Online network created by Harvard students flourishes
Some students find such websites unnecessary
Published: Monday, April 12, 2004
Updated: Sunday, August 17, 2008 15:08
A new online social network for college students is growing quickly, but has yet to expand to the Tufts campus.
TheFacebook.com has 38,327 registered users and an average of 1,000 new registration requests daily, and the growth of the online network is surprising even to its founders.
"We've all been blown away by the response from Harvard, and as time goes by, to all the schools that we expanded to," said Chris Hughes, founding member and press relations manager for theFacebook.com.
"We realized pretty quickly that this could be big," Hughes said. The site, which resembles the popular online social network Friendster.com, enables students within a university community to create personal profiles that may include their contact information, class schedules, and a variety of other personal details.
Hughes called the site a "collaborative effort" between friends who grew tired of waiting for an official facebook promised by the university.
Since its inception at Harvard University in February, theFacebook.com has expanded to 12 universities. Its network now includes Columbia University, Stanford University, Yale University, Cornell University, Dartmouth College, the University of Pennsylvania, Massachusetts Institute of Technology, Boston University, New York University, Brown University and Princeton University.
Hughes said it was "just a matter of time" before the site expanded to more universities, depending on the capacity of the site's servers to handle new school networks. "It's a fun project which a lot of people seem to enjoy," Hughes said.
The popularity of theFacebook.com sparked tongue-in-cheek social commentary at participating universities. In a March 11 editorial, Harvard's daily undergraduate paper, The Crimson, called the site's expansion "manifest destiny." Meanwhile a March 5 Stanford Daily article said students were skipping classes, ignoring work and "spending hours in front of their computers in utter fascination."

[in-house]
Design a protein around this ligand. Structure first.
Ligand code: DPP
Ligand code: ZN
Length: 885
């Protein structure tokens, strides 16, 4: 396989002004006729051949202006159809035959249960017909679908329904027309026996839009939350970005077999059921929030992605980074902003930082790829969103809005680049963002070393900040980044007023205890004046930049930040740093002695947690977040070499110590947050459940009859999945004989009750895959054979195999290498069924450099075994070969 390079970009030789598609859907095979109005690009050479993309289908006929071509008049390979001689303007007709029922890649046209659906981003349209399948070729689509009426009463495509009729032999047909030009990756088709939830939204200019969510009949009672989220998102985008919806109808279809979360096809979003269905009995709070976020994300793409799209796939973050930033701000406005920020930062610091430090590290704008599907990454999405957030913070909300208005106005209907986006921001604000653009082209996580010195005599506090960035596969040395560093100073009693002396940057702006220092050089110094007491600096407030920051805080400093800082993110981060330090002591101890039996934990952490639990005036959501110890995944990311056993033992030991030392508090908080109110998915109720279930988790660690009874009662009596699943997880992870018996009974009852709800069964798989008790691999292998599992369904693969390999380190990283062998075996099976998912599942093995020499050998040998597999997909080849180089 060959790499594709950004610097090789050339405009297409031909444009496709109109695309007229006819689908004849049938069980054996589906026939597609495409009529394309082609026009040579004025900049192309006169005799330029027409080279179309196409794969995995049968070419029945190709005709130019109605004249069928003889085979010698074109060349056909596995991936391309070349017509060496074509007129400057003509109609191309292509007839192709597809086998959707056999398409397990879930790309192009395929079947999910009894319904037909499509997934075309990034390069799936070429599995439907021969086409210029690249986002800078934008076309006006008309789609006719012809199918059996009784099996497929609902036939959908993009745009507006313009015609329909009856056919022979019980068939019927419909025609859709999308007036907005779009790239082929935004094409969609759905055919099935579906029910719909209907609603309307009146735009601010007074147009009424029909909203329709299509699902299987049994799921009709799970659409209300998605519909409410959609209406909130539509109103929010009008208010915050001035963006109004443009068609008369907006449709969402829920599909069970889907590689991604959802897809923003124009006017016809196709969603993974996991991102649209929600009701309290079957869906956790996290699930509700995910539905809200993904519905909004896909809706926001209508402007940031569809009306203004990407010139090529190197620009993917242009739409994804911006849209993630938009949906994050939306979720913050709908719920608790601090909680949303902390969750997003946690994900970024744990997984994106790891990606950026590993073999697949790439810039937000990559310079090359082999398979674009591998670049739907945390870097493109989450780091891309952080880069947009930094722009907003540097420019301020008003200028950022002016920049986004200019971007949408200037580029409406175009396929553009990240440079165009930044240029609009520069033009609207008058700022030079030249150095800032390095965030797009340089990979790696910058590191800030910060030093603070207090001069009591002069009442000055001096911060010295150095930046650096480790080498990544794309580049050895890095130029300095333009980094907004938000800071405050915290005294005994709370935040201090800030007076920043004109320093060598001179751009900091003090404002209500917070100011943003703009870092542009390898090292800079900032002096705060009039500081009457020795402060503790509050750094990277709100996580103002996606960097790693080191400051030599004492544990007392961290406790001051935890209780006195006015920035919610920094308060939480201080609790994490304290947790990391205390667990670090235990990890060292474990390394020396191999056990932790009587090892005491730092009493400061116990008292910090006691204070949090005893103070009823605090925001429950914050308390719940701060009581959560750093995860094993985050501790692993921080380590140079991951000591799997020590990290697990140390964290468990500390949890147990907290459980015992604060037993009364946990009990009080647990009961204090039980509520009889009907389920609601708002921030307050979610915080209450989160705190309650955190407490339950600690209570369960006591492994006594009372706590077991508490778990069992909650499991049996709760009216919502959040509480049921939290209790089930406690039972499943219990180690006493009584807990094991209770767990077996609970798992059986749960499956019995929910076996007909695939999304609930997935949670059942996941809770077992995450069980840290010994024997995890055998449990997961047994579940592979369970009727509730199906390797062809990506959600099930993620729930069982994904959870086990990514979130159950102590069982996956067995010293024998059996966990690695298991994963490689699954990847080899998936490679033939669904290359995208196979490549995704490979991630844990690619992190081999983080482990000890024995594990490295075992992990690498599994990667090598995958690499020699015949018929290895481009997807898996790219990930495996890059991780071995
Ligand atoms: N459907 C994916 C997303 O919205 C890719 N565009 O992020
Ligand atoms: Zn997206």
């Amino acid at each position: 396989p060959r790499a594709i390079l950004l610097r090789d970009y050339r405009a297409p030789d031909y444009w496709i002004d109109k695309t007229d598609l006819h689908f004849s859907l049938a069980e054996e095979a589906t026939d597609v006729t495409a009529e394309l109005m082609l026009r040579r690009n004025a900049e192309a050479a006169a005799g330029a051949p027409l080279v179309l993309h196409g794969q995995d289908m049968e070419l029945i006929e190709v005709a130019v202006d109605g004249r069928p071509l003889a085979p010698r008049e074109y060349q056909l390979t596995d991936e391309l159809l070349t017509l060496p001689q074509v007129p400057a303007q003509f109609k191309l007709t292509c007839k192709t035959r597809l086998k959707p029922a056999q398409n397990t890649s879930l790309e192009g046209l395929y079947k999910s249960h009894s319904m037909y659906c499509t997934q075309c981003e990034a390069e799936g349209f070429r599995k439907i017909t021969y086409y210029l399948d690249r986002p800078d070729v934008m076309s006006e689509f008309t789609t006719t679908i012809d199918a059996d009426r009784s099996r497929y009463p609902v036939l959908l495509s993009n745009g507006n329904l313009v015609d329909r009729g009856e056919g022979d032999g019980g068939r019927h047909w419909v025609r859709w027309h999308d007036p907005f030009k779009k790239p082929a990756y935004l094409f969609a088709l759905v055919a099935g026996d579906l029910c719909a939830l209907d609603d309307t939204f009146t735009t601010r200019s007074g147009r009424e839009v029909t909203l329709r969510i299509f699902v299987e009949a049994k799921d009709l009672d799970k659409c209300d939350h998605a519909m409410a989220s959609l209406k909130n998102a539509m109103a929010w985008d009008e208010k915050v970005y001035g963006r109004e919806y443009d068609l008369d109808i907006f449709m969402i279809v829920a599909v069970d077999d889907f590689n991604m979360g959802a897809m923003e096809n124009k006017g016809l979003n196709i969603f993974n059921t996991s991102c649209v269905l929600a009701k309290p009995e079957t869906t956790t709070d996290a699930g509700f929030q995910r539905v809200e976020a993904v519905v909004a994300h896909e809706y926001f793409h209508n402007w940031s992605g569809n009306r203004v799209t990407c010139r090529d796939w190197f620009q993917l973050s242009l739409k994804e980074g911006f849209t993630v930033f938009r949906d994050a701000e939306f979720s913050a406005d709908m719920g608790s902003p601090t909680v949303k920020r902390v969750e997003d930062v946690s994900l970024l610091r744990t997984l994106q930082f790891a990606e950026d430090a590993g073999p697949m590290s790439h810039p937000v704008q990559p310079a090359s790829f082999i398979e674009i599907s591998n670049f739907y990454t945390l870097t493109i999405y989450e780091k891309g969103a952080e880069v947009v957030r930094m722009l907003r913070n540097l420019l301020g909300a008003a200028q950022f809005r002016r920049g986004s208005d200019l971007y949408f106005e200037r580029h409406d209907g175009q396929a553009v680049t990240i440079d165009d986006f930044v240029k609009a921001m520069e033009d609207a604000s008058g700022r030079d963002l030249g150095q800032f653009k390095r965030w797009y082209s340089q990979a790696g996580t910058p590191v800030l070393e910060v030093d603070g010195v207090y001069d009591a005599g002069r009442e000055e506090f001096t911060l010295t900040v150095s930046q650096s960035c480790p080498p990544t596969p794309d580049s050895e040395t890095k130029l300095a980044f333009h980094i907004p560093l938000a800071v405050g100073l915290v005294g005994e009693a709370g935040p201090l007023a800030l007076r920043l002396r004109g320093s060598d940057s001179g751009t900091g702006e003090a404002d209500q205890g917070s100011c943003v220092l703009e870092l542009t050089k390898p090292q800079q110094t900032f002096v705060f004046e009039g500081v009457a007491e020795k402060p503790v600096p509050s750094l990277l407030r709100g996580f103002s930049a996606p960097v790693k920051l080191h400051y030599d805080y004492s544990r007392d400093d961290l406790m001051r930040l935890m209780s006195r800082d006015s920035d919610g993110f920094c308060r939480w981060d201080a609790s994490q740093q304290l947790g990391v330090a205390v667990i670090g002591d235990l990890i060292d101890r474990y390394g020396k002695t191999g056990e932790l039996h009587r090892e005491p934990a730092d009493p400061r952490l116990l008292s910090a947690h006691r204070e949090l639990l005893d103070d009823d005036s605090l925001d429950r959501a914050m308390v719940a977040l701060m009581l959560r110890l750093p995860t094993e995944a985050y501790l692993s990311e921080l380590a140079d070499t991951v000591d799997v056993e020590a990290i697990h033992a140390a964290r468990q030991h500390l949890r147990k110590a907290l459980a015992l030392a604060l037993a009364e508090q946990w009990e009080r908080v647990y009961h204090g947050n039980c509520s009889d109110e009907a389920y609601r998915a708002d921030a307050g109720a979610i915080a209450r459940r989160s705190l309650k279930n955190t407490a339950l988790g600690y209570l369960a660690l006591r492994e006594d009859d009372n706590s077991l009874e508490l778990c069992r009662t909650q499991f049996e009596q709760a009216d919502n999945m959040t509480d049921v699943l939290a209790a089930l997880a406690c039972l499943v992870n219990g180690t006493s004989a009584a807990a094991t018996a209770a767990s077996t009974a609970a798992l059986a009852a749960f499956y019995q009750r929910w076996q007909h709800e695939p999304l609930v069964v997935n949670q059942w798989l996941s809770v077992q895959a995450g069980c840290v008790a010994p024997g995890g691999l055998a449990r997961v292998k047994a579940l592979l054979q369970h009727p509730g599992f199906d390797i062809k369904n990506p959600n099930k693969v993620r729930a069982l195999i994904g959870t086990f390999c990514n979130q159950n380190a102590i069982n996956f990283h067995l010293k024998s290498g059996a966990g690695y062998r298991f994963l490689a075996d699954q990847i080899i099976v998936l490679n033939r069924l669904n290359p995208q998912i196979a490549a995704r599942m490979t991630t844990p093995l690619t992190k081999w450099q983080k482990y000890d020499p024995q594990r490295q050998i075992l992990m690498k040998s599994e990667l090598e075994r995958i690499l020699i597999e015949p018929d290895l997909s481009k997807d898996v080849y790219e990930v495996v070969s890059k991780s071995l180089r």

Kim Truong, a graduate student at Harvard's Graduate School of Education, said that the site might have social drawbacks. "I heard from undergraduate students that they have been feeling stressed out due to theFacebook.com, because they have to add all of their activities," she said. "I think they might feel pressured to have long lists of activities, quotes, and an overall presentable profile."
Truong added, "I personally think it's fun and not supposed to be taken seriously."
Tufts students have shown some interest in the website. "This kind of online social network is positive for a university community because it helps students to reach out to their peers in a less intimidating way," Tufts senior Joey Rhyu said. "People who are more reserved about introducing themselves to people in real life can use this manner of communication to break [social] boundaries. I would use it, especially for help with school work," he said.
While senior Teri Wing called the online facebook sites "creepy," because of the nature of other social networking sites, which often include racy content. "I feel like people would show off more than they normally do on such sites. If I just need to send an e-mail, I don't necessarily want to know what the other person wants people to think," she said. "Think of Friendster -- people put up some weird stuff -- and being young, much of it's sexual, which I don't really need to know about my classmates."
Senior Alper Tonguc agreed. "I guess the people that I care about are the people I talk to, and I guess I'm just not interested in reading random people's profiles."
According to Hughes, theFacebook.com is not a dating service or a way to meet strangers, but "an extension of real-life interaction, so it's use not as much to meet random people, but to foster friendships and relationships with these people you knew previously. It's a way to bring tangentially connected people together."
The site offers detailed privacy settings that could, for example, allow a student to make her class schedule available only to friends, or restrict contact information to students living in her dormitory.
Even with the privacy settings, Wing said she would probably not make use of such a site. "I don't think that it would give me information about my friends that I wouldn't be able to get from them otherwise," she said.